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Date:   Sat, 4 Aug 2018 00:13:16 +0200 (CEST)
From:   Thomas Gleixner <>
To:     Heiner Kallweit <>
cc:     Linux Kernel Mailing List <>,
        Marc Zyngier <>
Subject: Re: [PATCH] genirq: Consider domain hierarchy when checking for

On Fri, 3 Aug 2018, Heiner Kallweit wrote:
> On 03.08.2018 22:00, Thomas Gleixner wrote:
> > On Fri, 3 Aug 2018, Heiner Kallweit wrote:
> > 
> >> In case of a domain hierarchy we may miss the IRQCHIP_ONESHOT_SAFE
> >> flag because we look at top of the stack only. See also discussion
> >> here:
> > 
> > I think you misunderstood:
> > 
> >> I think the top most chip is the key, the rest of the hierarchy is
> >> irrelevant because the top most chip is the one which is responsible for
> >> not creating an interrupt storm after the interrupt got acknowledged.
> > 
> > The top most chip in the hierarchy, e.g. the PCI MSI one, is the key. If
> > that one is badly implemented and starts to resend after ack/eoi then the
> > interrupt storm happens. The lower layers in the hierarchy down to the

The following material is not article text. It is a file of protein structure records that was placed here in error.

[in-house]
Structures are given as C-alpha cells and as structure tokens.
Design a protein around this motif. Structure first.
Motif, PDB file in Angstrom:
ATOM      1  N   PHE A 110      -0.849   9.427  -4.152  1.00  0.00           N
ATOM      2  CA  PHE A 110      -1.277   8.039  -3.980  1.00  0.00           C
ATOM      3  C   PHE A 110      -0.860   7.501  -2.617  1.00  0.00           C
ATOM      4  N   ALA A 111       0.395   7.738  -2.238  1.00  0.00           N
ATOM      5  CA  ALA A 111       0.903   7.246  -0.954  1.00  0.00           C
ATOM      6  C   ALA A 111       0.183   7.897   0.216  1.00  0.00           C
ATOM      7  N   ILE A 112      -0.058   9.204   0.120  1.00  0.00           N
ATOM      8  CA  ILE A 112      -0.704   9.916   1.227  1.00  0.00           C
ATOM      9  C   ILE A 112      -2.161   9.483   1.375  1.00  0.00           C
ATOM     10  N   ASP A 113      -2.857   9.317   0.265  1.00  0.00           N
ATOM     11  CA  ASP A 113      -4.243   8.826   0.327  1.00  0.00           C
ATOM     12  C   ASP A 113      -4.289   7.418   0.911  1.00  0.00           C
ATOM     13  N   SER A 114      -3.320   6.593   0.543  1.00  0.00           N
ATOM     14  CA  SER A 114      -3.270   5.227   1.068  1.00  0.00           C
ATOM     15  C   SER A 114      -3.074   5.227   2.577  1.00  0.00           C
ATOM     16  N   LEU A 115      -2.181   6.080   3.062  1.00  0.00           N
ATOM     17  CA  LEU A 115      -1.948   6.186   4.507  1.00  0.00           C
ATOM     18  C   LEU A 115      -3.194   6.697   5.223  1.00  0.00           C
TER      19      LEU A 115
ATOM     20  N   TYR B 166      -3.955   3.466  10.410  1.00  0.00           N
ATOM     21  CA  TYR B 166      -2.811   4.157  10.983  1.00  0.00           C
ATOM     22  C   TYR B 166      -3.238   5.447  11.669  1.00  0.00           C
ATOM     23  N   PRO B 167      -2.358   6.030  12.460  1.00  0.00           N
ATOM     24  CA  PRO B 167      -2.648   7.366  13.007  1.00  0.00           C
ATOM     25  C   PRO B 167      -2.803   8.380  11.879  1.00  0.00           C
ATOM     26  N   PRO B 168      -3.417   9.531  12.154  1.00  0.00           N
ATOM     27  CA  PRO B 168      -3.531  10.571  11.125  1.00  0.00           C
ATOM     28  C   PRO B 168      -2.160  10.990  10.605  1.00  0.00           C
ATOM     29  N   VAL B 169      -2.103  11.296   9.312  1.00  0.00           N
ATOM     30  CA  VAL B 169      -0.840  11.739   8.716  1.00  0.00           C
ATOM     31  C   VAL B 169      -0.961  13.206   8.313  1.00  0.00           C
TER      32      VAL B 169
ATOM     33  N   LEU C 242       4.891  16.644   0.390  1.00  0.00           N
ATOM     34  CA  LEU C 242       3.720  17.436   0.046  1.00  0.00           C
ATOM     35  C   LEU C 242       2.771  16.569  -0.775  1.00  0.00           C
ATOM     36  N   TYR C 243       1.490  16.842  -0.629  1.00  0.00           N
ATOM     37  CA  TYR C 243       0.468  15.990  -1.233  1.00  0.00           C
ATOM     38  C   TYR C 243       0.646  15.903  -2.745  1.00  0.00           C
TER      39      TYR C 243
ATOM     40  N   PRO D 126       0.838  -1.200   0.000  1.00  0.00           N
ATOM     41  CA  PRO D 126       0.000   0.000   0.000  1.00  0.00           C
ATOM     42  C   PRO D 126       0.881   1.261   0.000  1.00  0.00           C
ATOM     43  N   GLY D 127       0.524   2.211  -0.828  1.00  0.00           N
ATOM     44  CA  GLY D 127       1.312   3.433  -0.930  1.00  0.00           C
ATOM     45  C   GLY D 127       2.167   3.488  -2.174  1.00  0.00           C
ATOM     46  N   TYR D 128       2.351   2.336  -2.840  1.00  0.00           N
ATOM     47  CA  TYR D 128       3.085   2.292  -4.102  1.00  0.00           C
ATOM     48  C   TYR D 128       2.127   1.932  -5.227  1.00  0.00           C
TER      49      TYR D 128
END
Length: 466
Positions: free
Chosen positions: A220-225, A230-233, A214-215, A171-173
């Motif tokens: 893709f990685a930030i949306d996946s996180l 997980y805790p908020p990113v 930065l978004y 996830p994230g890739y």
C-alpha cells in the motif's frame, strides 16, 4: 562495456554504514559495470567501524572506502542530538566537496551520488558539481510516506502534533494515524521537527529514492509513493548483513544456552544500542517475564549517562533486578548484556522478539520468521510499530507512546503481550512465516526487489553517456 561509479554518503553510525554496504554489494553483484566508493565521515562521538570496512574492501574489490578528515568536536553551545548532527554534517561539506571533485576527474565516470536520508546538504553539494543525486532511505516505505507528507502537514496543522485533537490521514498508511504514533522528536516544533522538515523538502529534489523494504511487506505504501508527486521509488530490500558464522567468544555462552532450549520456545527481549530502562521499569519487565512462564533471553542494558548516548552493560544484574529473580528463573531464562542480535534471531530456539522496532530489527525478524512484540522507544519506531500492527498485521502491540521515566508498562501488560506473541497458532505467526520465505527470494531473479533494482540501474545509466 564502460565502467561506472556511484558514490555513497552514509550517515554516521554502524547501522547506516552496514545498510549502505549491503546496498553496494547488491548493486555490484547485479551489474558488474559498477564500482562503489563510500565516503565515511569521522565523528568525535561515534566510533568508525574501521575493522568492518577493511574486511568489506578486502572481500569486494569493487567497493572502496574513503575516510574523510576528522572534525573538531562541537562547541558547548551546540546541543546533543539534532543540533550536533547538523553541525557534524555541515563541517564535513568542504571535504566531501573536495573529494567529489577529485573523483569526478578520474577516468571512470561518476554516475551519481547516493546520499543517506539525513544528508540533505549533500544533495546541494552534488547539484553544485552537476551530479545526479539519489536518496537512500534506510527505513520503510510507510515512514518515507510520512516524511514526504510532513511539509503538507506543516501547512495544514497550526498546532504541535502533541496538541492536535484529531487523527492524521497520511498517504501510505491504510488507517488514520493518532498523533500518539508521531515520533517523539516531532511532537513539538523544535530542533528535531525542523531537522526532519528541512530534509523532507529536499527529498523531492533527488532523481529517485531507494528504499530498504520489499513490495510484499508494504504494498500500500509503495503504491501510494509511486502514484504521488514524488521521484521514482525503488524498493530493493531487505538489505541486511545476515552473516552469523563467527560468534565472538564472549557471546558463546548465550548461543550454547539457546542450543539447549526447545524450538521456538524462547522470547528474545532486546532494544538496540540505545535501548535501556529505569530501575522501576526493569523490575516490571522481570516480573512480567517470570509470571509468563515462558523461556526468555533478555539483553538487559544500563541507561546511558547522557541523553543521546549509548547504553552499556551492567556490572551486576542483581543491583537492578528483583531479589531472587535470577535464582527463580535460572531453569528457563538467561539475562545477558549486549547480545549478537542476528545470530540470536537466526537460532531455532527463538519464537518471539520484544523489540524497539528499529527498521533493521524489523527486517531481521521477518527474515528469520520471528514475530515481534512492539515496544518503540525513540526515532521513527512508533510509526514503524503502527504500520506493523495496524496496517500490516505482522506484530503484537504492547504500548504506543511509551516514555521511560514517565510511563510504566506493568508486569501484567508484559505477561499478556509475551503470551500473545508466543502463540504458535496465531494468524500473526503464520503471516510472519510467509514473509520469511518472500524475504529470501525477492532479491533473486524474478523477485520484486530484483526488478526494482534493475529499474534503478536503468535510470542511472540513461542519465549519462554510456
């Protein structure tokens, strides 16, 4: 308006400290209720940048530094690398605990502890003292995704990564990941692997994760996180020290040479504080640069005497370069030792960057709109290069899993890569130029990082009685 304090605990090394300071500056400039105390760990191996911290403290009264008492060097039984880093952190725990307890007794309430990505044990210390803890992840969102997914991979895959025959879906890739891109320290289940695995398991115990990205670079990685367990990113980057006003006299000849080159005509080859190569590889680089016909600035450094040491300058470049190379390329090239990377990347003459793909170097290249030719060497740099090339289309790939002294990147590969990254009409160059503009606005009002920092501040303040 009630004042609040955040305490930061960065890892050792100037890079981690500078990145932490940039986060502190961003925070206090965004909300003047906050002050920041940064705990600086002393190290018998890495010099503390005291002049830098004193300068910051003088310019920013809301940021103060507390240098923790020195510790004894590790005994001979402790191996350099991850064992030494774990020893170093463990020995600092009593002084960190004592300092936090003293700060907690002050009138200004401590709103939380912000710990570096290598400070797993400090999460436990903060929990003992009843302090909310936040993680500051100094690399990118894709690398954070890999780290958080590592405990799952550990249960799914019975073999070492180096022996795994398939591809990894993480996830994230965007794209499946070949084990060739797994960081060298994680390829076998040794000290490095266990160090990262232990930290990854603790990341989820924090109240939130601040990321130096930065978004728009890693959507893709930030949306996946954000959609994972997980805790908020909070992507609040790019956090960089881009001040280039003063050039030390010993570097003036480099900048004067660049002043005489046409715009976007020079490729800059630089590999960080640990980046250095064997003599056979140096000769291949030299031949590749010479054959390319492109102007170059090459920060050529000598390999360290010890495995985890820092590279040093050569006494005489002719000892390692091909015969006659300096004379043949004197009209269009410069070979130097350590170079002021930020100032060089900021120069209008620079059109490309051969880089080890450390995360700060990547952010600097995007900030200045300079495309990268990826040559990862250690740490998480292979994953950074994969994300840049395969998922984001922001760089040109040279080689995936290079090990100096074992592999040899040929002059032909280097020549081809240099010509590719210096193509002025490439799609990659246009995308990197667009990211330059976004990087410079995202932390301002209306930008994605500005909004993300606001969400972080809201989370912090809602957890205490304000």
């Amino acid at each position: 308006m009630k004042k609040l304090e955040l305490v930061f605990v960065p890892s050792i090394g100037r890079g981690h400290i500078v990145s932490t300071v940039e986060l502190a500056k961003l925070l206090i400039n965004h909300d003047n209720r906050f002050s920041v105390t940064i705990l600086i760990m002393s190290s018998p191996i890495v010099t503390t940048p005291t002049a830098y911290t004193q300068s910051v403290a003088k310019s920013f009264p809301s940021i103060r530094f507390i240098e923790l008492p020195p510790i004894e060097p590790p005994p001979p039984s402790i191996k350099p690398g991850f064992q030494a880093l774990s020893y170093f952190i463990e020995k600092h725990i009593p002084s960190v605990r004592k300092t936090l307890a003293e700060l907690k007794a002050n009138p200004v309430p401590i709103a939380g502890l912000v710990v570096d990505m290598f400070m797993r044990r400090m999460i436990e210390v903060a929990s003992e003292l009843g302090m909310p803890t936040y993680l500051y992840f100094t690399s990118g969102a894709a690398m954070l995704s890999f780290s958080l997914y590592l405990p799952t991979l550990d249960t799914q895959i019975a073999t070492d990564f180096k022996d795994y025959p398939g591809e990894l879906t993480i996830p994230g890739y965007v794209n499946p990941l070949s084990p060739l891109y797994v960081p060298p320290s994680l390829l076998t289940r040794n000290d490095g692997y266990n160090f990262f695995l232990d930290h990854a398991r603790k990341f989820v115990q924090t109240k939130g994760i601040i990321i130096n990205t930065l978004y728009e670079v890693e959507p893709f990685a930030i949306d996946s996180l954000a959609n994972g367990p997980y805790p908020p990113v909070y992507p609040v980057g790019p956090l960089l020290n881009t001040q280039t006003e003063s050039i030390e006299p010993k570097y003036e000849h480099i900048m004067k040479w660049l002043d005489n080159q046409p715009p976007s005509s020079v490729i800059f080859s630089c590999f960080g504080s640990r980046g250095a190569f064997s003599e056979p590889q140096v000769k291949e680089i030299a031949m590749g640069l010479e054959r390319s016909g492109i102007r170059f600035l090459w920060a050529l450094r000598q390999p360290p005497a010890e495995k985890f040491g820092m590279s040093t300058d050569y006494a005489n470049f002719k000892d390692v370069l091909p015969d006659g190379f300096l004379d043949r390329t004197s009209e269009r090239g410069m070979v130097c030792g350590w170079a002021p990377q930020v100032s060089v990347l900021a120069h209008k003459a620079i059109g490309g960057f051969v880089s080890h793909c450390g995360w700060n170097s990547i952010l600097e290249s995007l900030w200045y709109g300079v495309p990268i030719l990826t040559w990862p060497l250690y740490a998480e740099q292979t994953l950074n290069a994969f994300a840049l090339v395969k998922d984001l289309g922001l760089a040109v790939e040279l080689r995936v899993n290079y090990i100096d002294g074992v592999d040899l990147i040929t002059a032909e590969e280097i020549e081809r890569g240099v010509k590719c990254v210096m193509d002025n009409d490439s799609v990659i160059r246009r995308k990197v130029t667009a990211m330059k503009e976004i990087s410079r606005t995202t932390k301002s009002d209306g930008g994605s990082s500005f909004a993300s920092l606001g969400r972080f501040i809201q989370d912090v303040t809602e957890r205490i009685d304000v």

> > vector domain are just transporting what the top level chip does. So it is
> > actively wrong to flag the lower layers.
> > 
> >  	 if (desc->irq_data.chip->flags & IRQCHIP_ONESHOT_SAFE)
> > 
> > is the correct check as it looks at the topmost irq chip which is the one
> > which initiates the interrupt.
> > 
> So you're saying it's correct as it is now in __setup_irq(). Then I don't
> really understand Marc's following comment from earlier in the discussion.
> What else needs to be done if it is correct already?
> "We could also consider extending this to support interrupt
> hierarchies, as __setup_irq() seems only concerned with the top of the
> stack (an IRQ provided by a generic MSI stack and backed by an irqchip
> providing IRQCHIP_ONESHOT_SAFE would go unnoticed)."

I think Marc is wrong there, but I'm not sure what he had in mind.



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